Warner have clearly 'tinkered' with the original film footage to produce this Blu-ray; I say this for no other reason than the overwhelming majority of those annoying small white 'speckles' which flash on the screen on the DVD edition are absent on this HD platter; some have 'slipped though the net', but most are now absent.... Other than that I'm not convinced too much else has been done with the footage, with reliance simply being left to the higher bit-rate that Blu-ray offers to present a mostly impressive picture which is clearly sharper, and MUCH redder (in my opinion), than the upscaled DVD. There are occasional dips into mediocrity, but thankfully the scenes where the picture is not improved are the less important middle ones such as a cocktail party etc; all the exterior shots and special-effect scenes (the more significant first and last parts of the film) ARE improved.

For me, the changes are akin to the subtle (but nonetheless impressive) improvements made to the superb Michael Mann crime thriller 'Heat' which Warner released not that long ago, 4 years after the previous 'Special Edition' DVD.

Another area of improvement is with the sound, which is more lively courtesy of being upgraded from DD5.1 to Dolby TrueHD 5.1.

Finishing off the list of improvements is the extras list, which is significantly enhanced from the Region 2 DVD as it now includes the copious number of featurettes which were only on the Region 1 DVD. Happily, the 3 commentaries which were on both DVD are still present PLUS the isolated score, which was only on the Region 2 DVD, also features...so this Blu-ray really does offer the best of both worlds !

So, existing fans of 'Contact' should be impressed with a move to this superior Blu-ray and new viewers have plenty in store to enjoy. A convoluted and thought-provoking sci-fi plot is combined with traditional story elements, and a notable acting cast, to make a thoroughly engrossing movie which both looks and sounds impressive on this new HD offering.
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on 10 February 2002
This must be Jodie Foster's finest film role. she plays a gritty, doggedly individual astronomer seeking life on other planets. Familiar scenario? Not the way this unfolds. Step by step she discovers an apparent way to travel to the star Vega. Political and religious factions hamper and cross her every step of the way - but she has a hidden benefactor who helps her achieve her desire. Central to this film is the dilemma of believing science or religion, which for her is agonisingly pinpointed by falling in love with a priest. The visual effects in this film are stunning, the plot ever self-renewing.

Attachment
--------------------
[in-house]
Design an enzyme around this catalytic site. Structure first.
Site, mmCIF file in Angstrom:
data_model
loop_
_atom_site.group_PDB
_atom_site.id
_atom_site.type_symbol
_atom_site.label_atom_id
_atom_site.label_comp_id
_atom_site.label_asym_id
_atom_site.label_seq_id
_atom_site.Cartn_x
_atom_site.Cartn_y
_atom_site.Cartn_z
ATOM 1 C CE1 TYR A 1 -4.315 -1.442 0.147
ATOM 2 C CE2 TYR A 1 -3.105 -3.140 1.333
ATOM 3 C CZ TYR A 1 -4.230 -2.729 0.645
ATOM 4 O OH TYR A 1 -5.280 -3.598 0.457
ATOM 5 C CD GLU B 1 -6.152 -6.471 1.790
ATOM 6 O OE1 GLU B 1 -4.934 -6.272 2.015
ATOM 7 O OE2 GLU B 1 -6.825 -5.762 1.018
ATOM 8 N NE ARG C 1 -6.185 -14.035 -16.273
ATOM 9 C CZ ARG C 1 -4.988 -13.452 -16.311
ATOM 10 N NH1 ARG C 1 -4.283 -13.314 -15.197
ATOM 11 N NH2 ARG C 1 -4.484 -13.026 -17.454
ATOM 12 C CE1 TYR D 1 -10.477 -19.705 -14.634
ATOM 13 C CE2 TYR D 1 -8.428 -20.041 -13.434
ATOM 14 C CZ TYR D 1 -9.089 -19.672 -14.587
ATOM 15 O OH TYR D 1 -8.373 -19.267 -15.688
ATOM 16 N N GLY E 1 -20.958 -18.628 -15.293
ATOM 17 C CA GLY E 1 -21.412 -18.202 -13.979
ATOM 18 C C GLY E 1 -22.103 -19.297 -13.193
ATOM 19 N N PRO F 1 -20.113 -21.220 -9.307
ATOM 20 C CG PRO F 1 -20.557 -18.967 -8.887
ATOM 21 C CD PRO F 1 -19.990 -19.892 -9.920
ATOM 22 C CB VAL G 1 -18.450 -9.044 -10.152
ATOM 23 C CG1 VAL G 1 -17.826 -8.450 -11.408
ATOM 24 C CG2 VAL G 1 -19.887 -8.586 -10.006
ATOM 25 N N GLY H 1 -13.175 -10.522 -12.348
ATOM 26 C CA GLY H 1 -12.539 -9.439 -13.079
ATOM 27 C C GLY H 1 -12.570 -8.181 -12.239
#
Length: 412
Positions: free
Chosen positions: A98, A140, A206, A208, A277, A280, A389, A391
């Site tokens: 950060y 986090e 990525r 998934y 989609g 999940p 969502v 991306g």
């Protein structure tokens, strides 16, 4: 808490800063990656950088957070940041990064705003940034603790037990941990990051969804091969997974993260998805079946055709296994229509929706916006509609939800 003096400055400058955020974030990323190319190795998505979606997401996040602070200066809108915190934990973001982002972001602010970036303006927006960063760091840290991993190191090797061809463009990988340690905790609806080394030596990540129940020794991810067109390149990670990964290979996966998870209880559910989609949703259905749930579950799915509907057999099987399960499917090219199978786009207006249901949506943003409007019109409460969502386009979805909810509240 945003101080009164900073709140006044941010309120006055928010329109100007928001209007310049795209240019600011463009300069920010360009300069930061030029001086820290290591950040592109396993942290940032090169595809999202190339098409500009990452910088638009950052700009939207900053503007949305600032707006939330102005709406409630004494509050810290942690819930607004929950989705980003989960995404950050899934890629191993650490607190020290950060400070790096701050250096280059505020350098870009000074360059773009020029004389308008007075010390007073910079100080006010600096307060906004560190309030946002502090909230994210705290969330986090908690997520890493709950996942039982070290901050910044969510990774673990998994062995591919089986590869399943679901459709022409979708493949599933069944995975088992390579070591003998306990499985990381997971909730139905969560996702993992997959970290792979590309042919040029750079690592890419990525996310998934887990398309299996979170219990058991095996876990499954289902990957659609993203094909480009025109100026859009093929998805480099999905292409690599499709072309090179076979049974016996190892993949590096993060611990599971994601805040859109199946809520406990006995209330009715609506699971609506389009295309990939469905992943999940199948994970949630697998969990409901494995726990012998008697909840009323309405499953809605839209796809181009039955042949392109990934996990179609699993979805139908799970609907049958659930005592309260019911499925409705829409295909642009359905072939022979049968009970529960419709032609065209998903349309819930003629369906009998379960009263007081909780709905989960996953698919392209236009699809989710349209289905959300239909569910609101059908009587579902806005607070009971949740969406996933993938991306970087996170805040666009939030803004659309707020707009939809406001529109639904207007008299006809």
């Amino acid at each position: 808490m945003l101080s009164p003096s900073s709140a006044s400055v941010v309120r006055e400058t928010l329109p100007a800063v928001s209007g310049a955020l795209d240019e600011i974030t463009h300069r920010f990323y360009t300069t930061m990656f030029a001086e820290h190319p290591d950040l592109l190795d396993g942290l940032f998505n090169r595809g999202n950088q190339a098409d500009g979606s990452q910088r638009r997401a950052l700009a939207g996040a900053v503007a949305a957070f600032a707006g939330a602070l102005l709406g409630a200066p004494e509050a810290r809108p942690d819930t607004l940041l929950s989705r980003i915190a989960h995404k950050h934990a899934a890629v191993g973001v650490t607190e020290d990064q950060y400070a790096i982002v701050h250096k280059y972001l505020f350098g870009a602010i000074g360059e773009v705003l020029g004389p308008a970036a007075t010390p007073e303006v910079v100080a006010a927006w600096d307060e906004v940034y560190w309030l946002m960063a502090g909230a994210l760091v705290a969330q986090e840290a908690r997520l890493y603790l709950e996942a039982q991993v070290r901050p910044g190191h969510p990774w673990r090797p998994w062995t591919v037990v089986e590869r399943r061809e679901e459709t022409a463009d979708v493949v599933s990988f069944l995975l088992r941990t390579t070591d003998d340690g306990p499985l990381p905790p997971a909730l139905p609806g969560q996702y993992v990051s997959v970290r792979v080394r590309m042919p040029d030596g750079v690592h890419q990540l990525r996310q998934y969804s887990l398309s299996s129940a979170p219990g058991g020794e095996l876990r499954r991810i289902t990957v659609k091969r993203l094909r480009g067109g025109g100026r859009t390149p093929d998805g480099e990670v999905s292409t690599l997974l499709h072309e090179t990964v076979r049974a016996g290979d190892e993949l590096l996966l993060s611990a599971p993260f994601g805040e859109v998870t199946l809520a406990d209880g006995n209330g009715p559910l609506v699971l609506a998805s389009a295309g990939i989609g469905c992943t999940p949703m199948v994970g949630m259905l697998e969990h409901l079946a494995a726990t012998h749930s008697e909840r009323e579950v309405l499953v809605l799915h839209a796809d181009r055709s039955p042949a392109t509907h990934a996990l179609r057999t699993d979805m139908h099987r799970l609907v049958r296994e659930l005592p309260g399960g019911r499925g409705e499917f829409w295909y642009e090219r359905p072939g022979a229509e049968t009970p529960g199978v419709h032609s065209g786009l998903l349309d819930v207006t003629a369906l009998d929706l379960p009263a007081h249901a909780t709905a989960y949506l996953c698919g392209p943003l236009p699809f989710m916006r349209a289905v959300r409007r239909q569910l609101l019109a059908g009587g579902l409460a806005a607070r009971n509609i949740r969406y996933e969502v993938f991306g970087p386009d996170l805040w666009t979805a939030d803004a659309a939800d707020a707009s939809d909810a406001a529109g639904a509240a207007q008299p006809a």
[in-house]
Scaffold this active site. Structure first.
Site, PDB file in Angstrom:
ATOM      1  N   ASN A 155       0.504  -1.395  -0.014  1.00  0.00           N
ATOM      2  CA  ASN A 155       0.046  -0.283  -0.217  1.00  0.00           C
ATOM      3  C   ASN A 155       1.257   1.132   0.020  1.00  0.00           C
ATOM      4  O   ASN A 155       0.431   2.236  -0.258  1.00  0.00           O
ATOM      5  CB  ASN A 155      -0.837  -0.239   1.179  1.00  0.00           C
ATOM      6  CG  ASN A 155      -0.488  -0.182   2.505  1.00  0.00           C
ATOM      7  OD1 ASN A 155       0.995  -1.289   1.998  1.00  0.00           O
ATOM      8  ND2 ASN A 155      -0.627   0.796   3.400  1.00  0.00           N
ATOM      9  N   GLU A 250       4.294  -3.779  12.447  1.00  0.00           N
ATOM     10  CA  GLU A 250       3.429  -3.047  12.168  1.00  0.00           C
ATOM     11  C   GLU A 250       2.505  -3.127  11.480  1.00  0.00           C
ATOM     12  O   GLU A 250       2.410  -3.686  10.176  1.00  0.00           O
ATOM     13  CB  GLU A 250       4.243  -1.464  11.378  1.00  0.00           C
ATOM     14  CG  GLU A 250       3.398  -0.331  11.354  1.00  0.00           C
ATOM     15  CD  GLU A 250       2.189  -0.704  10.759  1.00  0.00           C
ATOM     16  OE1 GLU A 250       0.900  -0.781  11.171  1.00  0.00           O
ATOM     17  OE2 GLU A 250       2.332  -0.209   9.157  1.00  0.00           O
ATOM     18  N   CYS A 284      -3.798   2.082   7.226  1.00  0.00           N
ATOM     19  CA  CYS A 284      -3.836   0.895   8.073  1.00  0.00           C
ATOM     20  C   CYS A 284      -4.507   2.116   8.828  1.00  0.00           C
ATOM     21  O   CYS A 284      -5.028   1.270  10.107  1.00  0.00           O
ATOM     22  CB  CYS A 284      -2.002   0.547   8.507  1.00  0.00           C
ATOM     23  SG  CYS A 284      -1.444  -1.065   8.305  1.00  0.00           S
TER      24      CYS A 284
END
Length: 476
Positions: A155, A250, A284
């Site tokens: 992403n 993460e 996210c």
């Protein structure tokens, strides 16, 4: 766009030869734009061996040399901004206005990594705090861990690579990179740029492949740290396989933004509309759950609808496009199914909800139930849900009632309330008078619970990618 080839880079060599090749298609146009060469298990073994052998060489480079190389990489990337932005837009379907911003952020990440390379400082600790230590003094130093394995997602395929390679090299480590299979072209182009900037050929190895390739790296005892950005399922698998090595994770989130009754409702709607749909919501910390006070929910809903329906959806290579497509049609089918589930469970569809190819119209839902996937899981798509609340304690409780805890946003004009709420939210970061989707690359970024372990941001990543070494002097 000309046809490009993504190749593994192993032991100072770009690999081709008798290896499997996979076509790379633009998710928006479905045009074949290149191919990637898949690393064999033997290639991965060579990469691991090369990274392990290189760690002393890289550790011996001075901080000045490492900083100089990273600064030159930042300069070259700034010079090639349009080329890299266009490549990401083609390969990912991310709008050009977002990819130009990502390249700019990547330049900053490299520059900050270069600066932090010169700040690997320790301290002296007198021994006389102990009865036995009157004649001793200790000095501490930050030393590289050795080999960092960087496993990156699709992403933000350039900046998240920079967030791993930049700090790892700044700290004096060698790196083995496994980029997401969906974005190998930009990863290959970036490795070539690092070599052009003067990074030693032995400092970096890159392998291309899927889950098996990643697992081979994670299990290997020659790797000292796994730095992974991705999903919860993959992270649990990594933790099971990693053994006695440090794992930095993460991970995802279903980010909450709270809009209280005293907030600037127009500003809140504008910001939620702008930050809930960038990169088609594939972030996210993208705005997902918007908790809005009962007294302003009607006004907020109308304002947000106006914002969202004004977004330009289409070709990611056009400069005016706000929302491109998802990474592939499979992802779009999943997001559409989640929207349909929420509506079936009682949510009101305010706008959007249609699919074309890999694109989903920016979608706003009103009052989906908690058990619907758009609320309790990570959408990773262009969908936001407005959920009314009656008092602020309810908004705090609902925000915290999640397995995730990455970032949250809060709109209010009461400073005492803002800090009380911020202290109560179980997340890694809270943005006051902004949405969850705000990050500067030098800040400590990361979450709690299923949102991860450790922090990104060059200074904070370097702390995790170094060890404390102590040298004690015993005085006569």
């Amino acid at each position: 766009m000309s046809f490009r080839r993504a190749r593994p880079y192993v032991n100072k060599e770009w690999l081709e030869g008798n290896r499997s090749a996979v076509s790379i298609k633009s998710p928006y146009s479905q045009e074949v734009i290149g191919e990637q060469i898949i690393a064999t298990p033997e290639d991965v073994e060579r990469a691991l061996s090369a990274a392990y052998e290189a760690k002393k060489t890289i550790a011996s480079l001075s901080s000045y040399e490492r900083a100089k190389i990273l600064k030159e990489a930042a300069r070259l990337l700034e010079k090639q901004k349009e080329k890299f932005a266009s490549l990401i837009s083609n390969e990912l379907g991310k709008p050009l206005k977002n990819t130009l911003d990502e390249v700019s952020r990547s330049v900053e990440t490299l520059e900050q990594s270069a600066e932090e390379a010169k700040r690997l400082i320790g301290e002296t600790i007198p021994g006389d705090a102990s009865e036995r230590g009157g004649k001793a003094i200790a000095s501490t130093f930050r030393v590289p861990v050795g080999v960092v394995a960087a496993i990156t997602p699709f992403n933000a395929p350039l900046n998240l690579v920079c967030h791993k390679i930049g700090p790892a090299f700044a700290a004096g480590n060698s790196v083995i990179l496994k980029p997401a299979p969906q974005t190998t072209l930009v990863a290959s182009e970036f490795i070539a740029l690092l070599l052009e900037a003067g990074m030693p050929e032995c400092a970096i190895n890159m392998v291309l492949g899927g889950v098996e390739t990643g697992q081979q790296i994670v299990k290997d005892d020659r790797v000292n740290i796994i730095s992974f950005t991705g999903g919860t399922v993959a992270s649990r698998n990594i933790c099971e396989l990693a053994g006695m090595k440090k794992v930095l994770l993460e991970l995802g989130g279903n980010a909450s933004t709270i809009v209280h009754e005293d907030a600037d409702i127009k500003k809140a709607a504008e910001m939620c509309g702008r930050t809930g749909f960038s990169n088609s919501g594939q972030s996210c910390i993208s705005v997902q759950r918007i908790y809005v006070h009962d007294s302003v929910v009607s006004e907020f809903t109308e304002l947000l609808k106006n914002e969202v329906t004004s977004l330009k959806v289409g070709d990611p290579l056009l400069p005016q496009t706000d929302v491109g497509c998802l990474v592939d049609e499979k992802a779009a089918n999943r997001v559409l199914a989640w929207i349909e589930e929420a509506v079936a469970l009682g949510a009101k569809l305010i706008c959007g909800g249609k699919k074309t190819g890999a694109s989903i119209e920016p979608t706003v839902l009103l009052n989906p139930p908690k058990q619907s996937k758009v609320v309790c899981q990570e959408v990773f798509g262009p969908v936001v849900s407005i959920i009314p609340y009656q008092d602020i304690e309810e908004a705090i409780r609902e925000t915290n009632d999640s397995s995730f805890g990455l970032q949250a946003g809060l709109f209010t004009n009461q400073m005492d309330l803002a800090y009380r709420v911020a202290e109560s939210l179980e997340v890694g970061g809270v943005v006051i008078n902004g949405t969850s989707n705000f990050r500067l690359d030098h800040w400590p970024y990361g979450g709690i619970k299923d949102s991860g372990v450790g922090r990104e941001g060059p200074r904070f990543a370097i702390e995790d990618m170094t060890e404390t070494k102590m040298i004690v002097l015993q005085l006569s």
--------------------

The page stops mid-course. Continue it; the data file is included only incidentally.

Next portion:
Drawbacks? Some of the dialogue is barely audible, making it advisable to use subtitles, and the Extra Features are poor. Nevertheless a marvellous film, and a good buy.
Terry Dwyer
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on 12 July 2012
Anything which originates from the pen of Carl Sagan is onto a winner, and this movie provides almost two and a half hours of gripping entertainment. Jodie Foster, as the radiotelescopic astronomer, is as feisty as she always is, but hardly attractive enough to indulge in the boring romantic interludes. Matt McConaughey is clearly introduced to gain the affections of female cinemagoers who see him as a Paul Newman clone. The clash between the scientist and the theist brings some acerbity to the romantic structure, but in all honesty, if it were not for the appearance of John Hurt as the dying eccentric millionaire, the movie would have bombed. The scene I particularly liked is where Foster faces a panel of US VIP sceptics and has to face the question of whether she believes in God. Since the motto of the USA is 'In God We Trust' we know that she is onto a loser. She ducks the question. The fact that 95% of the world's population, we are told, believes in God is the argument that her opponents proffer. I have a feeling that Sagan himself was an atheist, as are many other American scientists who are unwilling as yet to raise their heads above the parapet. The scene where Foster meets her deceased father is clearly an echo of Solaris and leaves many questions unanswered. The special effects are brilliant and we are treated to a kaleidoscope of colour and computerised animation. Worth the money ? Certainly.